The plaintiff appeals from a judgment for the defendant in his action for personal injuries brought under the Federal Employers' Liability Act.
1. The trial court did not err in permitting questioning of the plaintiff by the defendant on cross examination, about previous statements the plaintiff had made before a court reporter. It appears from colloquy at the trial between court and counsel that the transcript of the plaintiff's previous statements had not been signed and filed in court as a deposition. Upon objection by plaintiff's counsel the court ruled that the defendant's counsel could question the plaintiff about what he stated on the occasion, but could not refer to it as a deposition, and the plaintiff's counsel acquiesced in this ruling. If the plaintiff's counsel considered further ruling or instruction by the court necessary to protect his client's interest, he should have made an appropriate motion for it. Cf. Atlantic C. L. R. Co. v. Smith, 107 Ga. App. 384
, 386 (130 SE2d 355
); State Hwy. Dept. v. Rutland, 112 Ga. App. 792
, 795 (146 SE2d 544
2. The trial court did not err in permitting cross examination of the plaintiff revealing an insurance claim in which the plaintiff stated he was ill due to sickness without mentioning the alleged accident upon which his suit was based, as evidence of a previous statement inconsistent with plaintiff's contention in the present suit. Travelers Ins. Co. v. Miller, 104 Ga. App. 554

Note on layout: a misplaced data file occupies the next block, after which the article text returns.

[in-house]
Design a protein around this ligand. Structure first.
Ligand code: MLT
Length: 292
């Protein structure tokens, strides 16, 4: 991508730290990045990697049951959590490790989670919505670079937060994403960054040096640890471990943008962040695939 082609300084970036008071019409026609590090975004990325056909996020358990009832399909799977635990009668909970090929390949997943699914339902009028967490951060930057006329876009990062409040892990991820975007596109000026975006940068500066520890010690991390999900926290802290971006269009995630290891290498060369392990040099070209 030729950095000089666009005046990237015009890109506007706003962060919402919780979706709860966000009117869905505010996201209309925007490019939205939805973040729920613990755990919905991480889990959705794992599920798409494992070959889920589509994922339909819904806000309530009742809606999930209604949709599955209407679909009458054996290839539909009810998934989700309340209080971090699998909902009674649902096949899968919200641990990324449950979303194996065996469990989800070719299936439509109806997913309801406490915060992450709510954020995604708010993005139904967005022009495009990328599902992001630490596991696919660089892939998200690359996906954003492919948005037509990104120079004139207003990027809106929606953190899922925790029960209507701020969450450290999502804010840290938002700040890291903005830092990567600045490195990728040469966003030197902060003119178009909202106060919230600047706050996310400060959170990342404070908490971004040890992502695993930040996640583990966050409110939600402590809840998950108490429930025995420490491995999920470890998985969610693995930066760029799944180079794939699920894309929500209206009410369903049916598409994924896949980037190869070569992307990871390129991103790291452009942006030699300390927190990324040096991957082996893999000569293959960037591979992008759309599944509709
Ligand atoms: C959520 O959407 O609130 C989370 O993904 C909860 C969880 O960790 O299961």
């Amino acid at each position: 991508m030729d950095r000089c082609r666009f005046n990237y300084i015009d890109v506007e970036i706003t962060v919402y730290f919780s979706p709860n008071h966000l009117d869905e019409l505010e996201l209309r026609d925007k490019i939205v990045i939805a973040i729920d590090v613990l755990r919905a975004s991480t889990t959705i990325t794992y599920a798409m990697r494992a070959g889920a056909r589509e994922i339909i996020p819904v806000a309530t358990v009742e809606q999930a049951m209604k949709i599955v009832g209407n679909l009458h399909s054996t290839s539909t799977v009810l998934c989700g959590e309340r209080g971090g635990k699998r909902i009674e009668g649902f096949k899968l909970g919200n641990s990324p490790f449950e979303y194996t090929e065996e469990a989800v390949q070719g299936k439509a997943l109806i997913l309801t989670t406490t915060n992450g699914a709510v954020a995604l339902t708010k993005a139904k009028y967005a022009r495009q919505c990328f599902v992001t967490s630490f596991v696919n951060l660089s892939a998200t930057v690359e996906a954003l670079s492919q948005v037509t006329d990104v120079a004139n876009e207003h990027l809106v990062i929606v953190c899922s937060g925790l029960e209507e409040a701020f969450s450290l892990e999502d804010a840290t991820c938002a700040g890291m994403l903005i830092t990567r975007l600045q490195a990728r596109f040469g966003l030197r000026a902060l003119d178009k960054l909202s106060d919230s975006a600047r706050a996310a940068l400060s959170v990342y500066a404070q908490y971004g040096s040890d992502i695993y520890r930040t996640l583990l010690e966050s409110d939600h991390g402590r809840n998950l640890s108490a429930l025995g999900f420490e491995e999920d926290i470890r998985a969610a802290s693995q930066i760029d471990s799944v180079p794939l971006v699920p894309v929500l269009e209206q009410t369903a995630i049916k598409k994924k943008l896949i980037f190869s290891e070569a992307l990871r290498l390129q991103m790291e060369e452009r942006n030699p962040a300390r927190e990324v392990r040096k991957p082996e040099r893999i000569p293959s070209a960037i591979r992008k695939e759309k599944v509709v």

, 564 (122 SE2d 268
3. For the purpose of proving that the railroad defendant had notice or knowledge of the plaintiff's alleged injury by accident, the plaintiff offered evidence of a conversation between the plaintiff and a man named Tyson whom the witness had known as an employee of the railroad, but whose position with the railroad at the time of the conversation with the plaintiff the witness did not know. The trial court did not err in excluding this evidence, since the plaintiff failed to show that notice of the plaintiff's injury to Tyson would be imputable to the railroad.
4. The trial court did not err in overruling the plaintiff's objection at the trial to the questioning of a witness for the plaintiff as to the amount of damages the witness was seeking in his suit pending against the defendant railroad. The defendant's counsel then asked, "$150,000 damages for getting thrown on your back?" After the witness answered "Yes" to the question, the plaintiff's counsel made no further objection or motion on the ground that the testimony was unnecessary and inflammatory, which is what he argues in this court. Home Finance Co. v. Smith, 116 Ga. App. 76
, 77 (156 SE2d 522
5. The plaintiff fails to support his enumeration of error on the overruling of his motion for new trial.
Greene, Buckley, DeRieux, Moore & Jones, John D. Jones, for appellee.